Stalin needed to kill millions because otherwise the Russians might not have put up with being hungry slaves, murdered by their master at will, for the sake of some mythical future bliss.
Putin can so far make do with merely tens of thousands of victims because his aims, both real and PR, are more modest. The real aim isn’t so much personal enrichment any longer (he’s already reputed to be the world’s richest man), but the continuing enrichment of the ruling elite that keeps him in power.
Having jumped on that merry-go-round, Putin can’t get off. He has no illusions: even Stalin lost his war against the apparat, and Putin is no Stalin.
It’s conceivable, and this is pure conjecture on my part, that he may be ready to retire and enjoy his billions. But he knows this option isn’t on the table: his rule is contingent on the good will of his cohort, and their good will is contingent on his staying in power to provide what the Russians call their ‘roof’ (protection, in the language of Anglophone gangsters).
That’s where the PR aim comes in. Once again, the Russians are fed the tall tale of a good tsar making their country feared and respected (in another Russian proverb, these words are fully synonymous), but this time they’re more prepared to accept it.
There are two reasons for that. First, even though Russia is still strictly a third world country in every respect other than her nuclear potential, at least the Russians aren’t being starved, imprisoned and massacred in their millions.
Second, the claim to being a global imperial power is covered with a patina of history. Russia first claimed to be the third Rome back in the sixteenth century, when it was merely Muscovy, not even the united colossus it was to become later.
Therefore the jingoistic promise is ultimately more effective than any purely ideological one – as even Stalin discovered in 1941. In the first months of the war the Russians refused to fight for communism. Instead 4.5 million soldiers meekly surrendered to the Nazis in the first five months. It’s only when Stalin hoisted the banner of Holy Russian patriotism that the heroic resistance began.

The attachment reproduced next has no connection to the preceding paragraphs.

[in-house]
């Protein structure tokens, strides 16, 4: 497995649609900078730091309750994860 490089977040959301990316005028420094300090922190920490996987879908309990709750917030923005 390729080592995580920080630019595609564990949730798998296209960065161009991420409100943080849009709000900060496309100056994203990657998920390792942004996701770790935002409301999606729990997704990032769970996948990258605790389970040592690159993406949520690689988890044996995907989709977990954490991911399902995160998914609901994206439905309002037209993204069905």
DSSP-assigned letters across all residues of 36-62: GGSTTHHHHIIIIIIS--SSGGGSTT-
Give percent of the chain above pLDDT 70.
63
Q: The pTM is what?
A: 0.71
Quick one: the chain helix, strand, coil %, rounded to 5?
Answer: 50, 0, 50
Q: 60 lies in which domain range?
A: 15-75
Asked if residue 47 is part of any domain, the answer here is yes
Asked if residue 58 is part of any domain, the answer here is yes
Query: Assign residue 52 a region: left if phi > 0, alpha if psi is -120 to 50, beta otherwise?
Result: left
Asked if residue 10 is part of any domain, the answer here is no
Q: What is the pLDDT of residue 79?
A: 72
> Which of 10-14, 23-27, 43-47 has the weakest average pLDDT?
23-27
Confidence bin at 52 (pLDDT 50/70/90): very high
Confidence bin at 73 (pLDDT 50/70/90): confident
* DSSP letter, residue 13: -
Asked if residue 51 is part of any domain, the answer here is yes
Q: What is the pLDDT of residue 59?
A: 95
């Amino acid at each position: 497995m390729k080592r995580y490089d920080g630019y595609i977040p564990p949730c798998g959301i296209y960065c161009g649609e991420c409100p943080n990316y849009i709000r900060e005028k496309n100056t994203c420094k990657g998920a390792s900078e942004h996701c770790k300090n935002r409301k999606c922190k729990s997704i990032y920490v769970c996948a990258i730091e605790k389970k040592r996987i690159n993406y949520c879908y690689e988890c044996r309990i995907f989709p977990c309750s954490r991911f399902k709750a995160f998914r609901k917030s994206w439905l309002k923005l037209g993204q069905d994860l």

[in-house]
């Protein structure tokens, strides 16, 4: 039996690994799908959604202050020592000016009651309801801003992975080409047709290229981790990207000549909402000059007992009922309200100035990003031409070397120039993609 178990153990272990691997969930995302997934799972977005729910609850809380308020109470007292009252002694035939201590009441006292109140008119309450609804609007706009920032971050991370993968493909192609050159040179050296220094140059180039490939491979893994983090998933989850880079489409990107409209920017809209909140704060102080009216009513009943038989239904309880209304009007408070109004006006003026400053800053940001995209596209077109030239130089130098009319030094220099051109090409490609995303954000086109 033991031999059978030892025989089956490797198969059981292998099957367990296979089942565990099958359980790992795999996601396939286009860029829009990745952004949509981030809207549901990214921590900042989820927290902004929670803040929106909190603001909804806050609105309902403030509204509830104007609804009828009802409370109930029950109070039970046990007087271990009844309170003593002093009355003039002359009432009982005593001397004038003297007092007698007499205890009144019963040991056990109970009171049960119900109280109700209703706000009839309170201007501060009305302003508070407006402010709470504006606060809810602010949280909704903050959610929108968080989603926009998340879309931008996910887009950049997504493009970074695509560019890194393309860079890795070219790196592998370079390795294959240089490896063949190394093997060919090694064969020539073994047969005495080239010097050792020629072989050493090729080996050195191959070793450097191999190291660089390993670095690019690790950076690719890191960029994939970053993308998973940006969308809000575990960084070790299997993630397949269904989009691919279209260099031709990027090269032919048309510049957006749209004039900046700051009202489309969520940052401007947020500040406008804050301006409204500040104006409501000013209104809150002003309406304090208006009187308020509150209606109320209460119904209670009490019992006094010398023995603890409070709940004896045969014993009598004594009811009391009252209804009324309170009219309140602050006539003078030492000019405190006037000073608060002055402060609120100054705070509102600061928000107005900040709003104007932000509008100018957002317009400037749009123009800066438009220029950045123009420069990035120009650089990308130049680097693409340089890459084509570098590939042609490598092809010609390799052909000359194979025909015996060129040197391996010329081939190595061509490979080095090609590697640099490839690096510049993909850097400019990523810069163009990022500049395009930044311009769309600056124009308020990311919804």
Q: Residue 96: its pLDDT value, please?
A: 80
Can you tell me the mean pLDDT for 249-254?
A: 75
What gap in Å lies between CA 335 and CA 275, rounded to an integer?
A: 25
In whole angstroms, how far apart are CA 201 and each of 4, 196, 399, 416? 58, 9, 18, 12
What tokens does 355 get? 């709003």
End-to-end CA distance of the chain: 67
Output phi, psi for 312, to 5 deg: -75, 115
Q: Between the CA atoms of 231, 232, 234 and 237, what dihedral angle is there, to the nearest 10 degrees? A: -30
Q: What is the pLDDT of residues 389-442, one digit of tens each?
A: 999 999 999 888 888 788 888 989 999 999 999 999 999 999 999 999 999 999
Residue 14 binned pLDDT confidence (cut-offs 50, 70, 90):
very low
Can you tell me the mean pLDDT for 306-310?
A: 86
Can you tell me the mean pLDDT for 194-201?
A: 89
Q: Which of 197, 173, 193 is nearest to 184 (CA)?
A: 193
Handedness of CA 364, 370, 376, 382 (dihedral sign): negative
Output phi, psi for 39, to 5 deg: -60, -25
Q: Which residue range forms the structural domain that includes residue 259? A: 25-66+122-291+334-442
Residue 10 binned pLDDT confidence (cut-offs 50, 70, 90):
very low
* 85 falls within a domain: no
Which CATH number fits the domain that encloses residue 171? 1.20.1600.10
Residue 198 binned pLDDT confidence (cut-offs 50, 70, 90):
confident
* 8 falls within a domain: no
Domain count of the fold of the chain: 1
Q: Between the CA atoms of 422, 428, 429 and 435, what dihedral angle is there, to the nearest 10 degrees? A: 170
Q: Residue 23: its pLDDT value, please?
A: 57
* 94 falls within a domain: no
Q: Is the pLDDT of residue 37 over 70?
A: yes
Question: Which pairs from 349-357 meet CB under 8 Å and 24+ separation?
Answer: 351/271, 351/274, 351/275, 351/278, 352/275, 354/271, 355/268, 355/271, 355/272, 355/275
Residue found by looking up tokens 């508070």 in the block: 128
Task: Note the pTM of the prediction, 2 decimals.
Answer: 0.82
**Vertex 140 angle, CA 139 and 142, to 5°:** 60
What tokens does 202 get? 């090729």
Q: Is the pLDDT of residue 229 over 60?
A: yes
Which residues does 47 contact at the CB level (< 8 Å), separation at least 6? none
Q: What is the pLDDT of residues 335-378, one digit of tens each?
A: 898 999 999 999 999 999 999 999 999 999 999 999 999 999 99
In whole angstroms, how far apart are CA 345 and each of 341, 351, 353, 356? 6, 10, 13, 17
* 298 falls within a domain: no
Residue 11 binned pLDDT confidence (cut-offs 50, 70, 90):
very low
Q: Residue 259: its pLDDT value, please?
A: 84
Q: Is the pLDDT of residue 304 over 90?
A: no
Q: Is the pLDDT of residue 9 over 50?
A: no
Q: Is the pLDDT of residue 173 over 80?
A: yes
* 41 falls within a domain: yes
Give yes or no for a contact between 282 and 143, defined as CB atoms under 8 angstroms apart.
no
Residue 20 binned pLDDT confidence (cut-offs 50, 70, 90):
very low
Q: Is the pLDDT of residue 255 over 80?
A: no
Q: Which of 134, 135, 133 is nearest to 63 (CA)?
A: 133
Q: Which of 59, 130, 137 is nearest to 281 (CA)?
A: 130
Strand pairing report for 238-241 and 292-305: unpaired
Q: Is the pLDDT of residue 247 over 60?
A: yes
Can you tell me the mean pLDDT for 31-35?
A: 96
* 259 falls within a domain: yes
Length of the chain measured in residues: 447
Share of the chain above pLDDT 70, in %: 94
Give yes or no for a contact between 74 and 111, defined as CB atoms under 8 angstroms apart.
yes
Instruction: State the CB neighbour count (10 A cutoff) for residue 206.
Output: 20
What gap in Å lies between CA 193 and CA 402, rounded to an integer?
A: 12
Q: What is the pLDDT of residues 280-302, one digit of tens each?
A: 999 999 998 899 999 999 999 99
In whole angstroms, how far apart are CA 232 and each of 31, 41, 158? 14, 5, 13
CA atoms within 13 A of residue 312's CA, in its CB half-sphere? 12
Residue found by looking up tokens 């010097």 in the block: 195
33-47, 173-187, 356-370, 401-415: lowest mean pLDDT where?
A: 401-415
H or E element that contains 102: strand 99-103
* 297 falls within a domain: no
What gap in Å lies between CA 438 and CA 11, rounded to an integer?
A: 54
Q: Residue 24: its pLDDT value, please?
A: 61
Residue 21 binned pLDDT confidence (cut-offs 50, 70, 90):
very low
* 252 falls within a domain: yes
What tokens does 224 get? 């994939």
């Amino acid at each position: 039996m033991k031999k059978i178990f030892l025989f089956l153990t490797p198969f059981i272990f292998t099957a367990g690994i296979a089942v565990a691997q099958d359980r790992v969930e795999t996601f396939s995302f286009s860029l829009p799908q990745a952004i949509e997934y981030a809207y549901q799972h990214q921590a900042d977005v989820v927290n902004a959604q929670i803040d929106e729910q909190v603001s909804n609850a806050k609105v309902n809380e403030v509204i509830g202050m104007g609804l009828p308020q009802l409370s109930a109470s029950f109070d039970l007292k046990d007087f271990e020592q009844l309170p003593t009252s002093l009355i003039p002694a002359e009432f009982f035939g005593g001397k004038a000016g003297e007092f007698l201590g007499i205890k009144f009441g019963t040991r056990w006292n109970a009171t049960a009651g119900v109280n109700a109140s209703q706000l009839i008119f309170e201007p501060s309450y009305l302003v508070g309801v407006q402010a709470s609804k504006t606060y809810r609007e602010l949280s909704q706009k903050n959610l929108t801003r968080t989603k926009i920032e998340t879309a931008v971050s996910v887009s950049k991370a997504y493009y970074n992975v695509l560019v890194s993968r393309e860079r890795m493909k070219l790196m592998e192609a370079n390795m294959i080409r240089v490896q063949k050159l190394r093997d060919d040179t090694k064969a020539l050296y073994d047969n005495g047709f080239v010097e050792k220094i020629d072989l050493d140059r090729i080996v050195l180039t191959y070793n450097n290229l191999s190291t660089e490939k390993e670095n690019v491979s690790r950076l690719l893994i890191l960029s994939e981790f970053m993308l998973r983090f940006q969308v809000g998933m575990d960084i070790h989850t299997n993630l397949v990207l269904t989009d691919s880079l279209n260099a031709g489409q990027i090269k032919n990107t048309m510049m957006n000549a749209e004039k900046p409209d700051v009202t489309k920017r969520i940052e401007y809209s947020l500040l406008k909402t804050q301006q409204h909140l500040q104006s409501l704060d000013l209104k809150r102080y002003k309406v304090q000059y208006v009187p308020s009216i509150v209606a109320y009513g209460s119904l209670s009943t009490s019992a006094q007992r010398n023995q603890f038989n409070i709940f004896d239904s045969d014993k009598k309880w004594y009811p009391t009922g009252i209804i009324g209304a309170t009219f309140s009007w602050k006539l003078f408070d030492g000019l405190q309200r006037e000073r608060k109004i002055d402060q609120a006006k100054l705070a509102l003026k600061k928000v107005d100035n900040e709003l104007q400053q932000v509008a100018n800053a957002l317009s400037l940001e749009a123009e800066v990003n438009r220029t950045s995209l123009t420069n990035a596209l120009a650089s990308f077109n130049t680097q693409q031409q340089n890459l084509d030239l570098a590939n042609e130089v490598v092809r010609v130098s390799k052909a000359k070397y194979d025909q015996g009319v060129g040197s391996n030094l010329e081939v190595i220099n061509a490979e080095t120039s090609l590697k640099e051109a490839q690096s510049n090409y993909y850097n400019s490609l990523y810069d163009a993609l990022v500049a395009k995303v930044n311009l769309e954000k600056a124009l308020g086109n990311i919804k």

Putin and his propagandists are using the same legitimising factor, if more subtly. They’ve started small, and their show of force is less, shall we say, showy. But it is on the road, and it is getting bigger step by step.
The acts include the murder of opposition politicians and journalists, the suppression of free media and any sensible legality at home – and aggression abroad. Hence the criminal attacks first on Chechnya, then on Georgia, then on the Ukraine.
And hence also a string of murders on Western soil, with the Scripals and Glushkov being the latest victims.
Russian diplomats led by foreign minister Lavrov have dropped many broad hints at being able to unleash or curb terror as they see fit. Thus, after the Boston Marathon bombing by two Russian-trained Chechen terrorists, American officials were told in no uncertain terms: “See what happens when you cross Russia?”
The Russians got away with that, as they did with their subsequent acts of brazen defiance of international law. Until now.
The message sent by the current wave of expulsions is that you’ve pushed far enough, Vlad. Thus far, but no further. By all means, flex your muscles at home if that’s what it takes for you to continue to purloin Russia’s resources on an unprecedented scale. But keep away from us and our allies.
The next step, and it should have been taken already, could well be the impounding of the criminally derived Russian assets in the West, all two trillion of them – and there goes Putin’s hold on power.
Let’s hope this is exactly what the message is, and that Vlad has got it. Those waters he’s dipping in may well be shark-infested.